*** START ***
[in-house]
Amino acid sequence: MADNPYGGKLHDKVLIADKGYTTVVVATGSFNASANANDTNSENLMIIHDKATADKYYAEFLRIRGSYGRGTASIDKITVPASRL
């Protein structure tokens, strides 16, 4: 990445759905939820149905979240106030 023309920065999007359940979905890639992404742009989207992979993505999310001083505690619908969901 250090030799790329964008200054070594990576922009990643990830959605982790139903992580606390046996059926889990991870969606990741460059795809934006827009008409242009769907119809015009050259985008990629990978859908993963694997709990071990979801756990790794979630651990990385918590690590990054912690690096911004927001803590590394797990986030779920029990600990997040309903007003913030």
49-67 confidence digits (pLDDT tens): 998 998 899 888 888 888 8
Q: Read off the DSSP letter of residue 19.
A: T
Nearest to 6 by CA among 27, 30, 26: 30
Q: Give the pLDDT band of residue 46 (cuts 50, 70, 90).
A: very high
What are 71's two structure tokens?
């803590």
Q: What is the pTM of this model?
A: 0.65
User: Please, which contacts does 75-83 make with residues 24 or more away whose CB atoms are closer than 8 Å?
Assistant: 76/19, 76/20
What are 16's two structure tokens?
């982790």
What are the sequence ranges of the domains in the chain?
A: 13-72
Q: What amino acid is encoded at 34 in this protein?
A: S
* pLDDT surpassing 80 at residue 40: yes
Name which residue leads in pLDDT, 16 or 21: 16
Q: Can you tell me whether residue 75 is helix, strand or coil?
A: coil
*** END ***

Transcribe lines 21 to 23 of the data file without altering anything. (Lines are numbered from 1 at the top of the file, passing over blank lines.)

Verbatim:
A: S
* pLDDT surpassing 80 at residue 40: yes
Name which residue leads in pLDDT, 16 or 21: 16